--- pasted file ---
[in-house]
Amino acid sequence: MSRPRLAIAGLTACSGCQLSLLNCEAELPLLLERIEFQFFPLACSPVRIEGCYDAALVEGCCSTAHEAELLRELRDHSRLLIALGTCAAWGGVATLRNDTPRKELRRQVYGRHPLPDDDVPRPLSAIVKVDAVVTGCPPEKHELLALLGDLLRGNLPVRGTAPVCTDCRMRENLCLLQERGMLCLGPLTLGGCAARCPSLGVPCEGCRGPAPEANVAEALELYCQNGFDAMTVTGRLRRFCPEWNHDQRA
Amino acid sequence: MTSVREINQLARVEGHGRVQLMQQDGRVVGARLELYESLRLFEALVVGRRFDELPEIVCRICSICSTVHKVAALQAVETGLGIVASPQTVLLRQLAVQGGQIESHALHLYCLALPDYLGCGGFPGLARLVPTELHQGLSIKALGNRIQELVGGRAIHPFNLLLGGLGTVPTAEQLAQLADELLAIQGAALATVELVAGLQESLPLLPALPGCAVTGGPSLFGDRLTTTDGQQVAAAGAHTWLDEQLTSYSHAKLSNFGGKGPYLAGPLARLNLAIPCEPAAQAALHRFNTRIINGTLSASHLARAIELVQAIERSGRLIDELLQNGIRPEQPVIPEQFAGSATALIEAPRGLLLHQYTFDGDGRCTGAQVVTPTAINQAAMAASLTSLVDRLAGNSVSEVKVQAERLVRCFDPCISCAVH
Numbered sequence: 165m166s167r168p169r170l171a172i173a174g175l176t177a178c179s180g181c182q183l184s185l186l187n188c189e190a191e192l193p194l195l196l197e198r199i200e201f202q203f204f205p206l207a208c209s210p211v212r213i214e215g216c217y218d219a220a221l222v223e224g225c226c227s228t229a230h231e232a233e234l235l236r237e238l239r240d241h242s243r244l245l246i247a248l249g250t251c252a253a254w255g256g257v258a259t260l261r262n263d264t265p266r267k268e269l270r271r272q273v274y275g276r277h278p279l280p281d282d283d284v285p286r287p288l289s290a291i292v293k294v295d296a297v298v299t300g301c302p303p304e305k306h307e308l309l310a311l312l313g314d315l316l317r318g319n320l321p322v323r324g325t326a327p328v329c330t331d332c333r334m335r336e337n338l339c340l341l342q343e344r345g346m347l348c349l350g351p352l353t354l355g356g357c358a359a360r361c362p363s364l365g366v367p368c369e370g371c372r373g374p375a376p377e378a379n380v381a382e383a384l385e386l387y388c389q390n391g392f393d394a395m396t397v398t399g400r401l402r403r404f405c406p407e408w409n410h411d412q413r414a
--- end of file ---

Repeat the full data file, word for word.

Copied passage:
[in-house]
Amino acid sequence: MSRPRLAIAGLTACSGCQLSLLNCEAELPLLLERIEFQFFPLACSPVRIEGCYDAALVEGCCSTAHEAELLRELRDHSRLLIALGTCAAWGGVATLRNDTPRKELRRQVYGRHPLPDDDVPRPLSAIVKVDAVVTGCPPEKHELLALLGDLLRGNLPVRGTAPVCTDCRMRENLCLLQERGMLCLGPLTLGGCAARCPSLGVPCEGCRGPAPEANVAEALELYCQNGFDAMTVTGRLRRFCPEWNHDQRA
Amino acid sequence: MTSVREINQLARVEGHGRVQLMQQDGRVVGARLELYESLRLFEALVVGRRFDELPEIVCRICSICSTVHKVAALQAVETGLGIVASPQTVLLRQLAVQGGQIESHALHLYCLALPDYLGCGGFPGLARLVPTELHQGLSIKALGNRIQELVGGRAIHPFNLLLGGLGTVPTAEQLAQLADELLAIQGAALATVELVAGLQESLPLLPALPGCAVTGGPSLFGDRLTTTDGQQVAAAGAHTWLDEQLTSYSHAKLSNFGGKGPYLAGPLARLNLAIPCEPAAQAALHRFNTRIINGTLSASHLARAIELVQAIERSGRLIDELLQNGIRPEQPVIPEQFAGSATALIEAPRGLLLHQYTFDGDGRCTGAQVVTPTAINQAAMAASLTSLVDRLAGNSVSEVKVQAERLVRCFDPCISCAVH
Numbered sequence: 165m166s167r168p169r170l171a172i173a174g175l176t177a178c179s180g181c182q183l184s185l186l187n188c189e190a191e192l193p194l195l196l197e198r199i200e201f202q203f204f205p206l207a208c209s210p211v212r213i214e215g216c217y218d219a220a221l222v223e224g225c226c227s228t229a230h231e232a233e234l235l236r237e238l239r240d241h242s243r244l245l246i247a248l249g250t251c252a253a254w255g256g257v258a259t260l261r262n263d264t265p266r267k268e269l270r271r272q273v274y275g276r277h278p279l280p281d282d283d284v285p286r287p288l289s290a291i292v293k294v295d296a297v298v299t300g301c302p303p304e305k306h307e308l309l310a311l312l313g314d315l316l317r318g319n320l321p322v323r324g325t326a327p328v329c330t331d332c333r334m335r336e337n338l339c340l341l342q343e344r345g346m347l348c349l350g351p352l353t354l355g356g357c358a359a360r361c362p363s364l365g366v367p368c369e370g371c372r373g374p375a376p377e378a379n380v381a382e383a384l385e386l387y388c389q390n391g392f393d394a395m396t397v398t399g400r401l402r403r404f405c406p407e408w409n410h411d412q413r414a